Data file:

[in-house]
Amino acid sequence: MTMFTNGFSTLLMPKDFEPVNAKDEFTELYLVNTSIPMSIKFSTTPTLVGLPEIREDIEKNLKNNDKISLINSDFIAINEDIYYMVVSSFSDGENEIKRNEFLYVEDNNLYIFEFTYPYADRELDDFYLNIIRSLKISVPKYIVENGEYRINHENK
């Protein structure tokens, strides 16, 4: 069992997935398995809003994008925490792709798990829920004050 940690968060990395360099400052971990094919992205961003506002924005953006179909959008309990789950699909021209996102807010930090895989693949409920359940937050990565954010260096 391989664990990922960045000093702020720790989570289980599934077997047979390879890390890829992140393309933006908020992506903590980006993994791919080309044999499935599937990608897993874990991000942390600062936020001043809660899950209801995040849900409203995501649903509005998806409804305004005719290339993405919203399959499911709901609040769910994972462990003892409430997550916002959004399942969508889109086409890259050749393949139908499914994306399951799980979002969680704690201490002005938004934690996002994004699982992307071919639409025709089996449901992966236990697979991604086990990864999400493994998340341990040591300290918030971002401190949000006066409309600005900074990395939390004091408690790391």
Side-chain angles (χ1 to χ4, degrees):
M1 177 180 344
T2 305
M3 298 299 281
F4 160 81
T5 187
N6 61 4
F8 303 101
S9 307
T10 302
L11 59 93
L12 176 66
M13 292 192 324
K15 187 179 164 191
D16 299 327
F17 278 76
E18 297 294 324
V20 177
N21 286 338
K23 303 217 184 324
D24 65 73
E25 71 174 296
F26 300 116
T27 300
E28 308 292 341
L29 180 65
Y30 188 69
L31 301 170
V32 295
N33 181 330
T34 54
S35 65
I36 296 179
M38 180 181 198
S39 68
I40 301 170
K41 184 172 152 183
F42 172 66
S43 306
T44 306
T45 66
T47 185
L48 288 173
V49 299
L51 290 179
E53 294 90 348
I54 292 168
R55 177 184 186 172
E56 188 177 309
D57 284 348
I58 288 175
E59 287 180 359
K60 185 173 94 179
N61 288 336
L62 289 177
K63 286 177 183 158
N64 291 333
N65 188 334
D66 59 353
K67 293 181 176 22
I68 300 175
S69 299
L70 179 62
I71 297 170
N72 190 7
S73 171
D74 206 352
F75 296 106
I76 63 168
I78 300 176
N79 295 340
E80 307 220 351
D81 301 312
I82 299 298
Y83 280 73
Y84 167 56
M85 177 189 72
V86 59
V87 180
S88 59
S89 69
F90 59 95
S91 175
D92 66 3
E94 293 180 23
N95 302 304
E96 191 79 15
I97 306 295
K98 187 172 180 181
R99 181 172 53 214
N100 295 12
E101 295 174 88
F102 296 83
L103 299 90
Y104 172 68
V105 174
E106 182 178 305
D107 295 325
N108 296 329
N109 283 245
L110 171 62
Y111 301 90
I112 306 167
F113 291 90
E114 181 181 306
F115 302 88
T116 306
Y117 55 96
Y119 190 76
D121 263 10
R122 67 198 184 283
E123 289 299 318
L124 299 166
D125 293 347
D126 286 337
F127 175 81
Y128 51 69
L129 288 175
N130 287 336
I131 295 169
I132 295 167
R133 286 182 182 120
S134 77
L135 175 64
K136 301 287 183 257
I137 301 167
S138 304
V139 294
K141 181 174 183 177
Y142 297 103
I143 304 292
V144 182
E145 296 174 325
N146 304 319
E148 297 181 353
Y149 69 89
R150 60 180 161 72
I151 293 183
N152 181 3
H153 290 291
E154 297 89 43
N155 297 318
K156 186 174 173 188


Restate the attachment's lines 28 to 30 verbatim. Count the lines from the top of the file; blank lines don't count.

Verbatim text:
E28 308 292 341
L29 180 65
Y30 188 69